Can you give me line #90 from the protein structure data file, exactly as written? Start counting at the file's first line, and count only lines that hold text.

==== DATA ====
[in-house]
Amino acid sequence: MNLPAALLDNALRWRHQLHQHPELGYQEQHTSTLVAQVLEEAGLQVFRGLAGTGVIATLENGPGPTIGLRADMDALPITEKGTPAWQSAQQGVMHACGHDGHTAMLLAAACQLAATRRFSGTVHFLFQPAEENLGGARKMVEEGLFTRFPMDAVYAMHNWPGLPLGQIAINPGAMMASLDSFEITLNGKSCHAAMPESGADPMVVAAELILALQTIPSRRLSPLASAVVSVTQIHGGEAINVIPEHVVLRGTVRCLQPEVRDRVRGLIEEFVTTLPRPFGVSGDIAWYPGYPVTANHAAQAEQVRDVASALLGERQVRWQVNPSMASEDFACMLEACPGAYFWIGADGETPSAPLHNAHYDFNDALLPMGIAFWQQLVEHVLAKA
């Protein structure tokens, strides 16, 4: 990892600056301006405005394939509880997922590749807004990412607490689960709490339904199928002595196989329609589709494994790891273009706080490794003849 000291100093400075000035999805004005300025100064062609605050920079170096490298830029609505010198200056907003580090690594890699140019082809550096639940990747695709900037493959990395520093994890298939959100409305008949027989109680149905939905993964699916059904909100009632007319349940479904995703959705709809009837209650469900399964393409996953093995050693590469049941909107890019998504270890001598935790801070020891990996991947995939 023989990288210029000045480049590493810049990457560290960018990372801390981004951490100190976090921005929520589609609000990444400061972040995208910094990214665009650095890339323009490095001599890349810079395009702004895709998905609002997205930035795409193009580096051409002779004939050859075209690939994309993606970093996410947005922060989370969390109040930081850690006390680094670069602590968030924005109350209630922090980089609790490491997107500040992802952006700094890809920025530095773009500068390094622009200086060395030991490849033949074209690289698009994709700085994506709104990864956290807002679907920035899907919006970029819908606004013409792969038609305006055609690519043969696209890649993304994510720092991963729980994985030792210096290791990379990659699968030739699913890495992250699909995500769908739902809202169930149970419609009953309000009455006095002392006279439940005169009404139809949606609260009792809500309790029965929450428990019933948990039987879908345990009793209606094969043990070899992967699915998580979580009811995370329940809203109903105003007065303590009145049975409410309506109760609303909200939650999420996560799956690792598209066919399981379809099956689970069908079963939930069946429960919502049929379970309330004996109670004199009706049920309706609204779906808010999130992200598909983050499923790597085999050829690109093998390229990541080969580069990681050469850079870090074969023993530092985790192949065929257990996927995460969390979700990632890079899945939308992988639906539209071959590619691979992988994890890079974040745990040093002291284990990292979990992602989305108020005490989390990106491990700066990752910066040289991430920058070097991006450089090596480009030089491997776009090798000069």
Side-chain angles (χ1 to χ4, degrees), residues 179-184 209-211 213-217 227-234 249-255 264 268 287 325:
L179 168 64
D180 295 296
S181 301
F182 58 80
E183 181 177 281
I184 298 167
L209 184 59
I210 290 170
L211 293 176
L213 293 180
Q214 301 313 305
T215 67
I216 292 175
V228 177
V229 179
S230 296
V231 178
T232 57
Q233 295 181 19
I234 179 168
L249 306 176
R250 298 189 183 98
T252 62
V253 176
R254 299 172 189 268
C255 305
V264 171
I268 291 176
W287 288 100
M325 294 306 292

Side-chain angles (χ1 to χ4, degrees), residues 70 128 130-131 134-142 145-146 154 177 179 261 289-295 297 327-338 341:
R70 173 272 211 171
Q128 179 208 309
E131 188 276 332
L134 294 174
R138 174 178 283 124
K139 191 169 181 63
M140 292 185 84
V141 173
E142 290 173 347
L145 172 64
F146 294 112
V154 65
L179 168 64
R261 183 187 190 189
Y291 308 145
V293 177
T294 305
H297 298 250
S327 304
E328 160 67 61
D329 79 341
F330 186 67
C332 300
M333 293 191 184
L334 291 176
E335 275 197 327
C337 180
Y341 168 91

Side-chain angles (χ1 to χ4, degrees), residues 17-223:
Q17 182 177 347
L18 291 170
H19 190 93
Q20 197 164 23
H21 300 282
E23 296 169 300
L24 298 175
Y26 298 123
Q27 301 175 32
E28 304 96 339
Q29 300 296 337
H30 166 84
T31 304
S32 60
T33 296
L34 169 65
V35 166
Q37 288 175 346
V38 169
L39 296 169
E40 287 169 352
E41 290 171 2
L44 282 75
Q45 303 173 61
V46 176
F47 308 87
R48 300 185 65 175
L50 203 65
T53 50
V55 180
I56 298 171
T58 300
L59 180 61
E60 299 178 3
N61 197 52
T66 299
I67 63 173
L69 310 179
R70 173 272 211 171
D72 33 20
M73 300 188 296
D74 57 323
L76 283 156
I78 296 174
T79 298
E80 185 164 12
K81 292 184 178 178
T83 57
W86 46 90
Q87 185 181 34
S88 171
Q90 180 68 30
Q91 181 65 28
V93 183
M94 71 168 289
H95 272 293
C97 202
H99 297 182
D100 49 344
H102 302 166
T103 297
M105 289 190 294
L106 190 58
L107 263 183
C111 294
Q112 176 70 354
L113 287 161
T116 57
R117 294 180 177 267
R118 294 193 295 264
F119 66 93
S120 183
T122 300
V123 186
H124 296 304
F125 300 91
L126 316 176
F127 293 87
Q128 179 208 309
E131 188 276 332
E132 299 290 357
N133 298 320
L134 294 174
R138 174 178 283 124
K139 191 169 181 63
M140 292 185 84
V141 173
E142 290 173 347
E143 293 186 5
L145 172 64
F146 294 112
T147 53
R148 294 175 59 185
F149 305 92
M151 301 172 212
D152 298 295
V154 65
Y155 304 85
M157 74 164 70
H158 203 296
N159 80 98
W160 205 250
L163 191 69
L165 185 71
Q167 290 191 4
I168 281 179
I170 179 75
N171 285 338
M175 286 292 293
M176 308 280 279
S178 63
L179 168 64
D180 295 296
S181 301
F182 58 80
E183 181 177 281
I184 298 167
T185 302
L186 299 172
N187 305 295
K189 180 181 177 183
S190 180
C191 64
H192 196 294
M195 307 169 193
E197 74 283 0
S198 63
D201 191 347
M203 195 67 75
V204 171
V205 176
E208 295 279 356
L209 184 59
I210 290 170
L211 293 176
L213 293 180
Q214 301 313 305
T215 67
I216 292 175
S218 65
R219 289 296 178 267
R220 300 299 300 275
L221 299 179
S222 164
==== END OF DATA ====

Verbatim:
F47 308 87